Were there similarities in the way that each person described Kevin Carter to you?

KITSCH: Absolutely, and that’s a validation of where I felt I was with the two months I had to prep. I was very heady about it, just with the weight, and only eating fruit and coffee. I didn’t sleep. It wasn’t a fun shoot for me, at all. And, once I had Joao and Greg tell me that it was quite spot-on, it let me know that I was making the right choices. Doing the scene with the vulture, Joao was there in the Sudan and he saw Kev, right after he took these pictures, so I asked him, “What was he like? What did he say to you?” That’s all I wanted to know. So, we did three takes and that’s all we needed, and Joao was a wreck with me, on that day. It was as hard on them, to relive the actual, true experience. That was probably one of the roughest days, to see this guy who is still a photojournalist break down like that.

Have you talked to Joao since he lost his legs in Afghanistan?

KITSCH: I sent him a note, and we’re going to send him a package, but I haven’t talked to him personally. I haven’t called him.

Do you think he’ll be back out in the field again, as soon as possible?

KITSCH: He has two fake legs now, and he is the most stubborn cat on the planet, but it’s incredibly endearing. I can’t speak for him, but I don’t think he’s the guy who wants people to be like, “Oh, here, let me help you up this cliff, so you can get this shot.” I don’t know what he’ll do. It will be fascinating to see what happens. I know he’s a fighter and he’ll probably be running in a week, but that’s just his personality. I respect him. He helped me an incredible amount, through this process.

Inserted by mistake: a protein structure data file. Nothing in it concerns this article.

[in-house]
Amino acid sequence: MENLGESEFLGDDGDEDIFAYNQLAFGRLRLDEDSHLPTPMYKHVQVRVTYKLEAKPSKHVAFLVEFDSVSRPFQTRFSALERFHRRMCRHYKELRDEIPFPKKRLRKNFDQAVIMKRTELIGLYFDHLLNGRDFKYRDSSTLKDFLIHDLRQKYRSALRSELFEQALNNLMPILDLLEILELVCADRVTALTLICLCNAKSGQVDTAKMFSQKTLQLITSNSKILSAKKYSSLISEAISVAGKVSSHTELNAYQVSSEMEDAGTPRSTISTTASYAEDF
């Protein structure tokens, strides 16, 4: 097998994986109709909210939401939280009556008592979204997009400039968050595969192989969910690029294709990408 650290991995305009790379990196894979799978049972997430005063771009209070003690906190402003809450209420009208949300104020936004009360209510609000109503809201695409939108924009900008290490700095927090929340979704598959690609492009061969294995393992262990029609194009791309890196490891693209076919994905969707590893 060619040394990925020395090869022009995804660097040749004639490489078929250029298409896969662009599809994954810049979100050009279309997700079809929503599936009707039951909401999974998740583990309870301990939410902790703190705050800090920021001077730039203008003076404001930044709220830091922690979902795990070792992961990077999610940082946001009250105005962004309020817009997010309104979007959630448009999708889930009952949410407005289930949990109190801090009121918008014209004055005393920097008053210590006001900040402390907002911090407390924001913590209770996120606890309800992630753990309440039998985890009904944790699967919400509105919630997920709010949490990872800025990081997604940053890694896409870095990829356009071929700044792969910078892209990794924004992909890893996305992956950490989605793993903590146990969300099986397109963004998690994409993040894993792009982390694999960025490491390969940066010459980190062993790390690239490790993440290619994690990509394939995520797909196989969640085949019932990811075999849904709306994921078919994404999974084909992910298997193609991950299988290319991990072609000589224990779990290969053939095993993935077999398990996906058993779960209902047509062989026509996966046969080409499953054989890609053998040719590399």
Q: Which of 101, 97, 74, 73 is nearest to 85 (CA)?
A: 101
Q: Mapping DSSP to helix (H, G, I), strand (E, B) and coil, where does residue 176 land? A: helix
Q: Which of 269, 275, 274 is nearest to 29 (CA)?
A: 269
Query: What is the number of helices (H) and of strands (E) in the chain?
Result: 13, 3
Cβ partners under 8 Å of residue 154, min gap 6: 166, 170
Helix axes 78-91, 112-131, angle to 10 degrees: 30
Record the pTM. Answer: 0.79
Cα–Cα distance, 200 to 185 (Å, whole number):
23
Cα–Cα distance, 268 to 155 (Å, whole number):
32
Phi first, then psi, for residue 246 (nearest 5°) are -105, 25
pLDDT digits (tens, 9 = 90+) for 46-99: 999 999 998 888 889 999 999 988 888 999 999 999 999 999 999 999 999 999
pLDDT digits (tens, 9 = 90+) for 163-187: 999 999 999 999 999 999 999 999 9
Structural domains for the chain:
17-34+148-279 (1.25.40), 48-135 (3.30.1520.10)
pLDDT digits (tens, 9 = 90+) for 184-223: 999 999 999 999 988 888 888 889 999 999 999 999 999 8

How difficult was it for you to step into this guy’s life and do these re-enactments of actual events?

KITSCH: Very. There was so much pressure that I personally put on myself, to do this guy justice. I prepped so much. There were surprises where you would go, “Holy shit! This actually happened and this is what they did.” It really brings your game up more. I would have done anything to get where I needed to be, to feel I could let the scene go. The emotional stuff made me a wreck. At one point, Kev was broken and cracked and weeping in every scene. That’s very tough on you. It’s an incredible amount of energy.

What was it like to step out of that world, when you were finished filming?

KITSCH: Very tough. Some counseling was needed. I just had to separate myself and be incredibly conscious of it, and being okay that it was taking time to let go was a big thing for me. I can play Riggs (on Friday Night Lights) or these other guys, and I can let go and laugh a lot because it’s not as heavy. But with Kev, it was the type of guy that you take home with you.

Were there times with this film where you were consumed with the reality?

KITSCH: No. I never feared for my life. In creating these moments where you’re hearing gunshots, it’s not hard to play the realism in that. For me, personally, I love that stuff. As an actor, it’s a blessing to recreate that kind of stuff. But, I never felt like I was in danger. There are definitely higher stakes, when you’re dealing with a true story.

Why should people go see The Bang Bang Club?

KITSCH: If anything, come and be educated. Come and see what happened, 16 or 17 years ago, and understand that there was so much sacrifice to that first free election. Hopefully, you’re on board with the emotional toll and you understand the sacrifice that these guys gave, but come and see the film. I guarantee that you’ll learn something and you’ll be inspired by one of these guys. If anything, come and watch it for that.